Homemade French Dressing

I was never a fan of the tossed salad and French dressing was among my least favorite dressings, but that all changed in my late 30’s.  I had a June cooking demo to do at the farmers market and salad greens were among the few ingredients readily available.   I apologetically passed this recipe development project onto my dietetic intern, Becky.  A week later she returned with 4 dressing recipes and samples for taste testing.  Granted my expectations were low, but I swear that upon my first bite, a choir of angel began singing.  I tasted a subtle, creamy, tangy dressing without a trace of cloying artificial sweetness and chemical emulsifier mouth-feel—homemade French dressing.  Life changing discoveries happen so infrequently as we grow older; I do not exaggerate when I say that this student forever changed the way I and my family eat…

Because I now can add greens quickly to the menu for any meal!  Besides obviously keeping salad greens on hand, the key to instant greens is having at least one dressing in the fridge ready to go.  With ingredients that have a long shelf-life, homemade French dressing has become a staple in our fridge, and no-one’s complaining.   The kiddos and the sour-adverse like this one and a little goes a long way—just a tablespoon on 6 cups of salad ingredients.

French Dressing

Storing & Food Safety:

Use a good quality fine garlic powder not salt.  I like Penzey’s or The Spice House.   If you use fresh garlic, crush the whole clove, emulsify all the other ingredients, then add the crushed clove allowing it to marinate and impart its flavor in the dressing for a few days before removing.  Do not mince the garlic, and allow it to remain in the dressing unless you plan on eating all the dressing within a few days!!!  Minced garlic immersed in oil can be a breeding ground for botulism spores.  Enough said.

Squeeze Bottle for Dressings and SaucesFood poisoning aside and on a much more insignificant note, the chopped garlic spoils the creamy texture and clogs the squeeze bottles in which I store homemade dressings. Go get some of these.  You can find them at the restaurant supply store.  Clean and convenient, squeeze bottle are the best 2 bucks you’ll spend.French Dressing in the squeeze bottle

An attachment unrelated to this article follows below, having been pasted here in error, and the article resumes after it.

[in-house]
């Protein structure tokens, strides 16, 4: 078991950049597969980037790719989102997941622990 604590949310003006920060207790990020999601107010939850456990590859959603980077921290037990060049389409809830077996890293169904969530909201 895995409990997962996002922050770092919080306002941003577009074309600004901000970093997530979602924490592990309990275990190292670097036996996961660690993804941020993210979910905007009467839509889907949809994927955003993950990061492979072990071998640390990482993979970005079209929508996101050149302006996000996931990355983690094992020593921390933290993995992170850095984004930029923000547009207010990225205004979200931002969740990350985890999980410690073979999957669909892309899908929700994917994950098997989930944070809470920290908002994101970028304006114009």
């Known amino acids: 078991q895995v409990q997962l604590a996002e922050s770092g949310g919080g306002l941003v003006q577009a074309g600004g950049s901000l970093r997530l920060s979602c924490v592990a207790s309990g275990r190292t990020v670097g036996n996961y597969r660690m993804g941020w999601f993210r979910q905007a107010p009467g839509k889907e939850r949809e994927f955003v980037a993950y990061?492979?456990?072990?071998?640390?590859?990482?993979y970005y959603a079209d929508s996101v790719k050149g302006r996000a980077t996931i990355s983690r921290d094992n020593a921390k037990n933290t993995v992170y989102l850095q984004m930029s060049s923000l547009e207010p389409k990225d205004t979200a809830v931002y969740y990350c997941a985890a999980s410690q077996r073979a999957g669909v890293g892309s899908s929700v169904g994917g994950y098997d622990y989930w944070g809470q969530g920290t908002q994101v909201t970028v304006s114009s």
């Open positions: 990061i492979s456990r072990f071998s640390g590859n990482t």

Best French Dressing
Author: 
Recipe type: Dressing
Cuisine: American
Prep time: 
Total time: 
Yield: 2 cups
 
Ingredients
  • 1 ½ cup canola oil
  • ½ cup red wine vinegar
  • 1 T paprika
  • 2 t kosher salt
  • ¼ t quality garlic powders or 1 large clove of garlic, crushed (SEE “STORING”)
  • 2 T sugar
  • 1 t dry mustard
  • ½ t Worcestershire sauce
  • 1 - 2 t mayonnaise (optional)
Instructions
  1. Combine all ingredients (except fresh garlic if using) and blend for about 1 minute. Transfer to a squeeze bottle for ease of serving and store in the fridge. It will keep for 3 months.
  2. Alternatively, you can add the ingredients to a jar with a tight fitting lid and shake vigorously for 1 minute though it won’t stay emulsified—just shake each time before serving.
  3. FRESH GARLIC USERS: After emulsifying, add the fresh garlic to marinate for 24 hours shaking occasionally, then remove and discard the clove.
Notes
Mayonnaise keeps the dressing emulsified for longer. It does not impact the flavor.

 

French Dressing Served by Big GirlFrench Dressing--Big Girl taste tests

Cooking (and Eating) with Kids:

As a dietitian, I have long advised everyone to include a daily serving, either raw or cooked, of the most nutrient-dense super-food available—greens.  This can be a challenge when you think that you don’t like salad (like the old me) or greens in any form (like most children.)  To the defense of the little food neo-phobes, they taste the bitterness in greens more keenly than those of us with well-worn taste buds.  Moreover, cooked greens can pose a texture problem in the form of mushiness. On the other hand, crisp, raw veggies are more readily accepted in the under-18 community. Dips are particularly popular.  So start there. Serve crisp leaves from hearts of romaine with a small dish of dressing.  The kids love dipping and eating the individual leaves just like they would carrot sticks.   Bingo!  We have our gateway green and the kids will be on to requesting side salads for dinner before you know it.

Check out the pictures of the kids below (mine plus the neighbors’) who kept begging to eat my food props during the photo shoot.  I love to see kids eating veggies, but begging…that brings a matchless joy to my heart.IMG_4919

 

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